Now as you can see, the starter is a living thing and I’d say being the owner of the starter is pretty good preparation for being a parent – a really obsessive parent (at least in the beginning stages). As far as I know, every person who received this starter obsessed about it for the first few days. “Oh my God, I think I killed it.”, “Why isn’t it bubbling” “What did I do wrong?” “Starter, I love you. I’ll never leave you!” Ok, maybe that last one was just me. But it’s no joke. The starter has a way of, well, taking over your life a little bit. I already explained to Shef that this starter will be with us for the rest of our lives. Now you understand why I titled this page “sourdough baby”.
The food writer and journalist Michael Pollen wrote in Botany of Desire about how humans have not only shaped the evolution of certain plants, like corn, tulips, apples and marijuana, but how those plants have in turn shaped the evolution and development of human culture and civilization and in fact by producing such desirable products – sweet and nutritious fruit, beautiful flowers, flowers that get you high – have “used” humans to further their own global dominance. I’d say this yeast, by producing such wonderful bread is doing the same thing. For example, this starter that Matt passed on to us was already 20 years old. And in the space of one short month with our enthusiastic adoption and then our passing it on to other people, it has spread exponentially, from coast to coast. It’s like the early days of Christianity, except it tastes a whole lot better and new converts don’t have to worry about being eaten by lions in the Roman Coliseum. Check out this map that I created to show the distances in just a month that this starter has traveled:
If I was to get all paranoid in an “Invasion of the Bodysnatcher’s” vein, what if everybody who possessed the starter, tended to it and ate something made with it was in fact becoming part starter? And at a certain time something would switch in all of our brains and make us into dough spewing zombies that raided the world’s flour supplies? Anyway…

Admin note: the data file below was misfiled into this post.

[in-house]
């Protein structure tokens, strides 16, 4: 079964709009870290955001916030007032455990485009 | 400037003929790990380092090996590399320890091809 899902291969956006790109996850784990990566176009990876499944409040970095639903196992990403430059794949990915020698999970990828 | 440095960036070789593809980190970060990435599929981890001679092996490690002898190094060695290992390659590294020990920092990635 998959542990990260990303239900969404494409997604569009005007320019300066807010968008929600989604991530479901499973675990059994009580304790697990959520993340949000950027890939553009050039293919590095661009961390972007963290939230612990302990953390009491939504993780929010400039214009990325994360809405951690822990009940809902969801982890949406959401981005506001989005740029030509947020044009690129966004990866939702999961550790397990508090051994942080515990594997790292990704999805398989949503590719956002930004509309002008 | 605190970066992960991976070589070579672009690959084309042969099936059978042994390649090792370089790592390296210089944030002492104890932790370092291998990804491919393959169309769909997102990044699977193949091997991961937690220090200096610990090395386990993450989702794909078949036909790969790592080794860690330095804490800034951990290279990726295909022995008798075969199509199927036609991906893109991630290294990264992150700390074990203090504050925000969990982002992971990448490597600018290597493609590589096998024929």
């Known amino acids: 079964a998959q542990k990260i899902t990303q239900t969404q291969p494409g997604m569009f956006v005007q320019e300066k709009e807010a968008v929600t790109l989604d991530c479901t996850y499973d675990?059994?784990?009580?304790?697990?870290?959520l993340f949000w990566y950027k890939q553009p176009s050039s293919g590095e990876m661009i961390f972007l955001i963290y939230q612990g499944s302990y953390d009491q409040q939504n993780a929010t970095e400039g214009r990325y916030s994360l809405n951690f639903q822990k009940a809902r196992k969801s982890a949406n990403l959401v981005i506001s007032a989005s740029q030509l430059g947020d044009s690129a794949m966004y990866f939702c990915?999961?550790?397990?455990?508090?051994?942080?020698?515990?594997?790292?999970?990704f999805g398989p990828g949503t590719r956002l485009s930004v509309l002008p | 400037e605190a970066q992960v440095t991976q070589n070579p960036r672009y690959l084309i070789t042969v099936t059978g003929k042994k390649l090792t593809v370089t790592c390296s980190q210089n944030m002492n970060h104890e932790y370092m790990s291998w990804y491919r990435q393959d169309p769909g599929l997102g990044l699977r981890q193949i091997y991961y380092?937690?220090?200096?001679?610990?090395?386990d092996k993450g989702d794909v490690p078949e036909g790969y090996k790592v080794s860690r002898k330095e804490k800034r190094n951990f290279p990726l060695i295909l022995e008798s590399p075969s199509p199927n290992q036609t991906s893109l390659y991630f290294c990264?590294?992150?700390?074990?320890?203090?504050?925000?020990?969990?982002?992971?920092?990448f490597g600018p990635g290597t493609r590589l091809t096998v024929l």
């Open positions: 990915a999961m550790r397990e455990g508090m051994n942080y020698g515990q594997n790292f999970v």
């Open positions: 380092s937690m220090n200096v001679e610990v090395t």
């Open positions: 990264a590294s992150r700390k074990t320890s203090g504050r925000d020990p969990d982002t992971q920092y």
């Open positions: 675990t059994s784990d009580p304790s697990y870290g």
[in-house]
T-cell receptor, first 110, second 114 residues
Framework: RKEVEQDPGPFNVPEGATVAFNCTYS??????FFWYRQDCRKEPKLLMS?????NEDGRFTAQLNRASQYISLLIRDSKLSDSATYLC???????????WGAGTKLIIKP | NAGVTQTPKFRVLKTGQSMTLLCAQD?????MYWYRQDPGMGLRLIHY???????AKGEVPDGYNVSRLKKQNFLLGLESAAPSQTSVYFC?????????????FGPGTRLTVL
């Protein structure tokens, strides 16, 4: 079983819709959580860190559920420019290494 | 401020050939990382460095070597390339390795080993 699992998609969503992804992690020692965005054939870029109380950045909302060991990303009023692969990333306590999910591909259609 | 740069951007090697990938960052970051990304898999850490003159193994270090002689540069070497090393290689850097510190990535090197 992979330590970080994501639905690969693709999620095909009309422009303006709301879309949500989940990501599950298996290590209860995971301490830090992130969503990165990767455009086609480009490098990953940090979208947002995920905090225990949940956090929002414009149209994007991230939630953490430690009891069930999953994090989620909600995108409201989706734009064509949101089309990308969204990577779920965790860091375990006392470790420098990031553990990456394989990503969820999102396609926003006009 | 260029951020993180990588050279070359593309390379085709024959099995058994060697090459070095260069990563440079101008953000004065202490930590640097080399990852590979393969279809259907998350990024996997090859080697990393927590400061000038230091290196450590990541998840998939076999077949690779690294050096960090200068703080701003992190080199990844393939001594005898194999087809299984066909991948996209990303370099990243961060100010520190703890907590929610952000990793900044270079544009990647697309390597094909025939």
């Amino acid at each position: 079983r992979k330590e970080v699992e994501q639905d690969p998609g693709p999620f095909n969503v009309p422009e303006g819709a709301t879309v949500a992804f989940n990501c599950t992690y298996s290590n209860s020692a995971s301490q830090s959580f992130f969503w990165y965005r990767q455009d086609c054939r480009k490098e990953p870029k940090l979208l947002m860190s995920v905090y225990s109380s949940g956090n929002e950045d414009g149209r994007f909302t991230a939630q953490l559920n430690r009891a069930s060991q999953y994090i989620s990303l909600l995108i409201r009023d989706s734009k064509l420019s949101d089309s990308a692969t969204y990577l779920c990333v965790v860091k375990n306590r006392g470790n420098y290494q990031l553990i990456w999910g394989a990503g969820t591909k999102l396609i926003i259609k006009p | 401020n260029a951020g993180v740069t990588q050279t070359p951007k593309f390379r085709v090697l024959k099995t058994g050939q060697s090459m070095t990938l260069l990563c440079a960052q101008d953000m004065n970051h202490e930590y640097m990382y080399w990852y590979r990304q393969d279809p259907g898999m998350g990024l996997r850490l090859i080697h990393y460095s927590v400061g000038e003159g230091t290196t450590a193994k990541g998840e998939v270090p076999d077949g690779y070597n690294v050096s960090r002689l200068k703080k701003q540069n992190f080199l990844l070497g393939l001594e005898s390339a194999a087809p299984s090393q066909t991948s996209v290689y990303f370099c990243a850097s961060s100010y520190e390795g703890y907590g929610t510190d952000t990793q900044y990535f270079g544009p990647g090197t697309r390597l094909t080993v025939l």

Alright, pardon the ridiculous philosphical meanderings. Let’s get to some recipes beause after all that’s what this is all about. And let there be no doubt: this starter produces really tasty bread and waffles. Even if I became a starter zombie it would totally be worth it.
Here is the waffle recipe:
Matt’s Sourdough Waffles
1 Cup starter
1 1/2 C flour
1 Cup milk
4 oz (1 stick) butter melted
2 tsp salt
1 Tbsp sugar
Let mixture sit (at room temperature) overnight.
Before cooking, add 2 eggs and 1/4 tsp baking soda.
Since I don’t have a waffle maker (yet) I made sourdough pancakes which were the lightest most flavorful pancakes I’ve ever had. For the pancakes I basically just use 1 cup of flour and 1/3 the amount of butter.
Here’s what they looked like:
And here is Matt’s no knead dough recipe. It’s pretty similar to recipe’s you can find on line as well.
No Knead Dough
Mix 1/4 C starter with 1 1/2 C water before mixing with dry ingredients
3 1/2 C Flour
3 tsp kosher salt or 1 12 tsp sea salt
Mix until it comes together in a ball – let sit at room temperature for 18 hours in an oiled bowl covered with plastic wrap. After first rise, it should be stringy on side of bowl (stringy, bubbly and light)
Flour board – pour dough onto board and squish it out flat.
Fold into thirds (on top of itself), then fold in half and form ball from this
Place dough in flour cloth-lined bowl, seam side down. Let it rise for 2 hours. (It should double in size and/or no dimple when pushed)
Bake: Preheat oven to 450 degrees along with empty dutch oven. Flip dough into hot pan and cook 30 minutes covered (for steaming) and then 20 minutes uncovered to finish. Dough should measure 210 degrees inside.
Here’s a photo that Cheryl took of her first loaf:
And here’s my attempt at making a baguette. I don’t have a dutch oven yet so I tired to get creative. Baguettes are kind of hard.
Alright, so I got a dutch oven, a 5 qt. Lodge Cast Iron and it made all the difference. Here are a few photos of my fourth and most successful loaf. Again, it’s a little flat, but the crust was crunchy but much lighter and the bread itself was much less dense and a really good combination of moist and airy. I also used “bread” flour. Supposedly, it’s better for bread because the flour has more protein which creates more gluten for a chewier and more resilient dough. All I can say is the loaf was delicious.